BY HANNAH LEDDEN
Summer season 2017 is fast approaching, and while many have had their calendars planned months ago with festivals and barbecues, there is always the chance to find some hidden gems
Thousands of people every year stand over their computers and rush to be the first in the line for tickets to the top festivals of the year. Glastonbury, V Festival and Latitude are among just a few of many people’s summer traditions. However, rising costs and crowds have prompted many to ditch the masses in favour of some of the smaller events the UK has to offer.
Liverpool International Music Festival
One of the main drawbacks to the larger events on the summer calendar are the rising costs of tickets. This festival brings big names but a very small price. In its fifth year, and growing in popularity since its first season, LIMF offers free events and ticketed gigs at a small cost of £19. Evie Knapper, 16, from the Wirral is one of many fans.
“The fact the main event was free was obviously one of the main things that attracted me, but it has become so popular around here – everyone who can, goes along.”
Another difference between LIMF and the classic festivals is despite being a three-day event, there is no option to camp. This leaves more options for a smaller event to book popular acts such as 2017 headliners Katy B, Gorgon City and Corinne Bailey Rae.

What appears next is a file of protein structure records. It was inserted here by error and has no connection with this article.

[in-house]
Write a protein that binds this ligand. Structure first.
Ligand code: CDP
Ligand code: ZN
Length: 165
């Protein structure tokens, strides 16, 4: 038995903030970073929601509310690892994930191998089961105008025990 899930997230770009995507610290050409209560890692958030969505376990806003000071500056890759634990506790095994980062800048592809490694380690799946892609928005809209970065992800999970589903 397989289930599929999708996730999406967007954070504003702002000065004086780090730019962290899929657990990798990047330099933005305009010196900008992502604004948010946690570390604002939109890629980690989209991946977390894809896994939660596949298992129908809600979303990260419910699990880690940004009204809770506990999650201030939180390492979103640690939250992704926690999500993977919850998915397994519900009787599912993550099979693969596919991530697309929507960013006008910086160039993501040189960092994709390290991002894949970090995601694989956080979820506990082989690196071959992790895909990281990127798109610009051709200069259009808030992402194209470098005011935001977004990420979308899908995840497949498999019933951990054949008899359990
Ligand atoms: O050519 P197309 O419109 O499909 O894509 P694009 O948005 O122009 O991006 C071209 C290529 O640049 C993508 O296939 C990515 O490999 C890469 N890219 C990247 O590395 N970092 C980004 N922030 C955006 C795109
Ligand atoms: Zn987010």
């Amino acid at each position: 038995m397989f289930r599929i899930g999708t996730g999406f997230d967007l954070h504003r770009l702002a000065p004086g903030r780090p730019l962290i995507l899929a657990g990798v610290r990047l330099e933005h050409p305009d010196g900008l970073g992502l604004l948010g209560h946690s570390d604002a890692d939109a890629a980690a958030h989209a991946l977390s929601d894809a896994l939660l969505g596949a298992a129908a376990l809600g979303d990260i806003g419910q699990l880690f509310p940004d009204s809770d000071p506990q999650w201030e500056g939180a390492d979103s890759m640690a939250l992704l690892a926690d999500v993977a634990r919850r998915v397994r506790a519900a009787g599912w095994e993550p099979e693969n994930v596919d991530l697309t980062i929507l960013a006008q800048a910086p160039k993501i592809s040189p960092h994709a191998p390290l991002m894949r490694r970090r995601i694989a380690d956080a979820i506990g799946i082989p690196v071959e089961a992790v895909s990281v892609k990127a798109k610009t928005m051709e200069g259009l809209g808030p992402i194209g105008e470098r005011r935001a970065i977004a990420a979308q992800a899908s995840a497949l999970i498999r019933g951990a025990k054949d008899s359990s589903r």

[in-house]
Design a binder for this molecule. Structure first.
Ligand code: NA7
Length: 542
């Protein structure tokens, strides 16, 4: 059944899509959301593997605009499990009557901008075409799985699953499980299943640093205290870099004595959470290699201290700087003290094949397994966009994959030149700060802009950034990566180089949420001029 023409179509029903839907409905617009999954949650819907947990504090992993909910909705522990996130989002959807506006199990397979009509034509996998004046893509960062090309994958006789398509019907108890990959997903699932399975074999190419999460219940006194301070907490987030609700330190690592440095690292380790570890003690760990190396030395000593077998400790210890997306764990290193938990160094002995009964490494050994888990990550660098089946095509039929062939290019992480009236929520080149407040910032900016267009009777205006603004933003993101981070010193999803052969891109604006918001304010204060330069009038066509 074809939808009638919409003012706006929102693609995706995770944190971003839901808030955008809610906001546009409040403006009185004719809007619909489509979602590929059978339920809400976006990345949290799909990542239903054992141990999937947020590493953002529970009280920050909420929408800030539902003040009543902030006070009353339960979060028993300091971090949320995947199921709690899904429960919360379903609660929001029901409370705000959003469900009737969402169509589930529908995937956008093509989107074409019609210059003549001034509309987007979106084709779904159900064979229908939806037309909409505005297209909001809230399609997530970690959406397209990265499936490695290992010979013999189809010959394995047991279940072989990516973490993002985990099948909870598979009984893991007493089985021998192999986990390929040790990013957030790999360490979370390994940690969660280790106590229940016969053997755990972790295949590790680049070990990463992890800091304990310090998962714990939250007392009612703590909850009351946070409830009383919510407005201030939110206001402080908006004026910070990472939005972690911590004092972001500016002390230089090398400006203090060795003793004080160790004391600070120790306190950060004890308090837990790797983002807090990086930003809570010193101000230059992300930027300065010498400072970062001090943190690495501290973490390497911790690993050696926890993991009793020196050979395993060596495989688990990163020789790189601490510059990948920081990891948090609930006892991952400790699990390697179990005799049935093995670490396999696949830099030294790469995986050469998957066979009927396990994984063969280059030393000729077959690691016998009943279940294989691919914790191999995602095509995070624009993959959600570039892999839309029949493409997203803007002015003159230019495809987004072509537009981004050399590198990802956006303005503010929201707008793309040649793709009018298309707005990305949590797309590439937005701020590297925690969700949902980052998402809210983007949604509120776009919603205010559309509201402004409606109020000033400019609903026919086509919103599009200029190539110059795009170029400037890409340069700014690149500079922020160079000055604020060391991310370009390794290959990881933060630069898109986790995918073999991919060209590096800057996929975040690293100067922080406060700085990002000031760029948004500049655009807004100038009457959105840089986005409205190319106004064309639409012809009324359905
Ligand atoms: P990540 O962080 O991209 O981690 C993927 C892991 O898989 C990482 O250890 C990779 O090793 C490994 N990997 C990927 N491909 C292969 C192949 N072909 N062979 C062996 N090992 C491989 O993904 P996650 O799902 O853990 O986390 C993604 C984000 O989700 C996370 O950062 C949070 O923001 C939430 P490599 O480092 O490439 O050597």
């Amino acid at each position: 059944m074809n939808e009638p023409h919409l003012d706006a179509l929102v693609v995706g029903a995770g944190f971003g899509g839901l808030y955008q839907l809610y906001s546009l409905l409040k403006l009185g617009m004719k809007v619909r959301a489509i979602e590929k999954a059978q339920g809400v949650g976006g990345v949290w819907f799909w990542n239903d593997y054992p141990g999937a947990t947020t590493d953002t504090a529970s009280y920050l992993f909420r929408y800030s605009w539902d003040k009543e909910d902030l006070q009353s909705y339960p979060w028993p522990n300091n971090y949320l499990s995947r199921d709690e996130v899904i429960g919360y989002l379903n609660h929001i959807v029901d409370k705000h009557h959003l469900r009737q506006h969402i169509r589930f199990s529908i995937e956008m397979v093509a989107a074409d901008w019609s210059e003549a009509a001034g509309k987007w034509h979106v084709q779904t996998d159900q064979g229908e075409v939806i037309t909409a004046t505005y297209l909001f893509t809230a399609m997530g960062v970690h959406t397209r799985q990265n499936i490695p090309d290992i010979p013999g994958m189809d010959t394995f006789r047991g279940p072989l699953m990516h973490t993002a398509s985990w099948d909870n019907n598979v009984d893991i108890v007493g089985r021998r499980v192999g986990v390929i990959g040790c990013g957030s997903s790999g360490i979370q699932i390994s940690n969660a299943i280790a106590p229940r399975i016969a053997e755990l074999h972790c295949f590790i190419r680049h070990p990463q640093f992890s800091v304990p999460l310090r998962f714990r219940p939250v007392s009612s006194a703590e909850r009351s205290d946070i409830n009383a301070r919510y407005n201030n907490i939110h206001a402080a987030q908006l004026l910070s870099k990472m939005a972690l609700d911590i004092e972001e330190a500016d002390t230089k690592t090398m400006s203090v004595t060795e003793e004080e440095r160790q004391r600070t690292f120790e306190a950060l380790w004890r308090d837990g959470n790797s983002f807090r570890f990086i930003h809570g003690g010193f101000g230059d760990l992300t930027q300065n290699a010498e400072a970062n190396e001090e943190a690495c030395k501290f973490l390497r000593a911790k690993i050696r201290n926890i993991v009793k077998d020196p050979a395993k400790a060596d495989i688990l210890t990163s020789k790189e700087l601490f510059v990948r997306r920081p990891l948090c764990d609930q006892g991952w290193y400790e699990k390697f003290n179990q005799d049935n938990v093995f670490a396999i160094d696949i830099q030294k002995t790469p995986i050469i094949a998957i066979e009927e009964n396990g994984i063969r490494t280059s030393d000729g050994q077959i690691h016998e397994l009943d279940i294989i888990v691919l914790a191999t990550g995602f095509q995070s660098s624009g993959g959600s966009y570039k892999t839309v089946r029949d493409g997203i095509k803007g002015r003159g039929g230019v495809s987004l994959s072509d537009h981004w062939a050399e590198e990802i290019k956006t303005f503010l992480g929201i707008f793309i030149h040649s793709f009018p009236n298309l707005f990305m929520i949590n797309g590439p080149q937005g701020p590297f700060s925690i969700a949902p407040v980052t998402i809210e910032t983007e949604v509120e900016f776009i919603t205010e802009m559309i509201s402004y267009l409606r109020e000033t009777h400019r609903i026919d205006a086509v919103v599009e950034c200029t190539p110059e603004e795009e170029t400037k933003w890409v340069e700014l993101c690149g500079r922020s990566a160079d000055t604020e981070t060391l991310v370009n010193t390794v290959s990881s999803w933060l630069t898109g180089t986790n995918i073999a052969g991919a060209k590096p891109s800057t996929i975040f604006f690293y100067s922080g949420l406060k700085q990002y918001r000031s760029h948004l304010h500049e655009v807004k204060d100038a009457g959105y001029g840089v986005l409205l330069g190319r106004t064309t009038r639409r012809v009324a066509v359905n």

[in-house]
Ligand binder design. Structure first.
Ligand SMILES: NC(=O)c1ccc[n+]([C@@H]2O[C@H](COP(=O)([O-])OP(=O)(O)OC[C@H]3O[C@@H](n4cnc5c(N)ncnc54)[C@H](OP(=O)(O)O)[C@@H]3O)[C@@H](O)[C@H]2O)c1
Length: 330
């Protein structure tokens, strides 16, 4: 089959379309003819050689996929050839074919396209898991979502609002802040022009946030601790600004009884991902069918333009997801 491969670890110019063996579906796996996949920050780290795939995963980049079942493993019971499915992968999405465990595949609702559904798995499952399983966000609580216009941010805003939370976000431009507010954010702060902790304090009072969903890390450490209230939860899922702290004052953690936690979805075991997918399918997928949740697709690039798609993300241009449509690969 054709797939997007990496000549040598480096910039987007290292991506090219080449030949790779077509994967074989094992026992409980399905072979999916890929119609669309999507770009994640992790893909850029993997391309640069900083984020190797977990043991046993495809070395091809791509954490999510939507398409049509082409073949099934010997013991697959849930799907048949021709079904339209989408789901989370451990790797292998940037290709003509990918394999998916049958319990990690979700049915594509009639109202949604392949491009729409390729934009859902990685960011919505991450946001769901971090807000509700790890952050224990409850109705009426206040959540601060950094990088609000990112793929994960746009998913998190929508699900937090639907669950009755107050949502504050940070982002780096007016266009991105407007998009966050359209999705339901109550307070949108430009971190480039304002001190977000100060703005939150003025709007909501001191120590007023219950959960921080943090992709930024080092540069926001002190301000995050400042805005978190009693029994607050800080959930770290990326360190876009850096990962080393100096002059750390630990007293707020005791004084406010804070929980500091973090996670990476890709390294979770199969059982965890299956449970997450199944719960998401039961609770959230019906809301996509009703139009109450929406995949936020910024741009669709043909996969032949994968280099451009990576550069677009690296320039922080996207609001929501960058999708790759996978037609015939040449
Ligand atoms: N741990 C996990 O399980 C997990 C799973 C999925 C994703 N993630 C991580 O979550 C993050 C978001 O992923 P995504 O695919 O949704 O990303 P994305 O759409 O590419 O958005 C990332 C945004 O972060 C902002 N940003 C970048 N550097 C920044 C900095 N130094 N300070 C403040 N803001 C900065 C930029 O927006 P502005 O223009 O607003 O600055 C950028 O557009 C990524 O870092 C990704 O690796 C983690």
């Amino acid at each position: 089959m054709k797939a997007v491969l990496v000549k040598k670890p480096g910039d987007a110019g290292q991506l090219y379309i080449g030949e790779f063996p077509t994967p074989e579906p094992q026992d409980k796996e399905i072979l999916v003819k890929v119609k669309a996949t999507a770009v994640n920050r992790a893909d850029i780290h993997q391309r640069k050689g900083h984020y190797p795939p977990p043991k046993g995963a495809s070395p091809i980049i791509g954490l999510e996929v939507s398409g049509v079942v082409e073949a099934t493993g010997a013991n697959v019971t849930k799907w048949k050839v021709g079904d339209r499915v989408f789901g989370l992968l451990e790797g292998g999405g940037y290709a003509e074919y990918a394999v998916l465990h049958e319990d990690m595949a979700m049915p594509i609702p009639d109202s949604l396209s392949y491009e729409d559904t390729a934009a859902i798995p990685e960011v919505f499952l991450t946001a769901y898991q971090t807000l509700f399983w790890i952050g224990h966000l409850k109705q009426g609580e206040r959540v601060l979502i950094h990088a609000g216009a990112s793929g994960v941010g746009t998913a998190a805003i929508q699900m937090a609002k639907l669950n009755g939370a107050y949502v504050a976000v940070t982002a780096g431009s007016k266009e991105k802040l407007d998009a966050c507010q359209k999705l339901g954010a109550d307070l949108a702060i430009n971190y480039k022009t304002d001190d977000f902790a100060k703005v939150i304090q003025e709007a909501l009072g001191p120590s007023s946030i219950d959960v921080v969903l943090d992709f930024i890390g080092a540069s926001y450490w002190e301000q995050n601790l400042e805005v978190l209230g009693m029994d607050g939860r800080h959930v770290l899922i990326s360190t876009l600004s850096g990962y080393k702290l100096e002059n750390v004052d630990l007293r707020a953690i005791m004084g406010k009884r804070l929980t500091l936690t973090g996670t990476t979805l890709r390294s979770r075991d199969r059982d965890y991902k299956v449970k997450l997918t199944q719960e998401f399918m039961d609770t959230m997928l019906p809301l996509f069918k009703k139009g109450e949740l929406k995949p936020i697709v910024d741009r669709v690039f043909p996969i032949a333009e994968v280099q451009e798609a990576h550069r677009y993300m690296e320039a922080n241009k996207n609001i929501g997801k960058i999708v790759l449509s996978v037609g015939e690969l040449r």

“I was surprised by the big names that were at the festival, especially because it was offered as a free event,” said Evie. “It was nice to see smaller music acts as well that I hadn’t heard of but now I love.”
LIMF takes place on the 20th-23rd July 2017
The cotswold hills form the backdrop for this three-day festival which aims to create a full experience for its campers. Named by the Guardian as one of the best small festivals, 2000Trees is a fully formed rock and indie event with a crowd of 5000.
Andrew Rea, living in Cheltenham and a co-founder of the festival, highlighted what he sees as being so special about the smaller music events. “Small festival organisers care about their events so much more. Visitors are loyal because they know everyone is ready to enjoy the best weekend of the year and everyone works really hard behind the scenes.”
It seems the atmosphere at smaller festivals is a main reason behind people choosing to venture into something new during the summer each year. Andrew argues that this vision begins with the initial idea behind the unique music events. “Small festival organisers have an independent spirit and do it for love, not money.”
2000Trees will take over the cotswolds on the 6th – 8th July 2017
End of the Road Festival
Set in the countryside of Devon, End of the Road was created to combine its founders’ favourite musicians. No VIP areas, and an atmosphere suitable for all, from the young music lover to families with children; this festival seems to be the best of both worlds.
As well as headline music and comedy acts, End of the Road includes workshops and film screenings to suit all tastes. Top of the bill at this year’s event includes Father John Misty as well as Mac Demarco and Bill Callahan.
It all kicks off on the 31st August – 3rd September 2017
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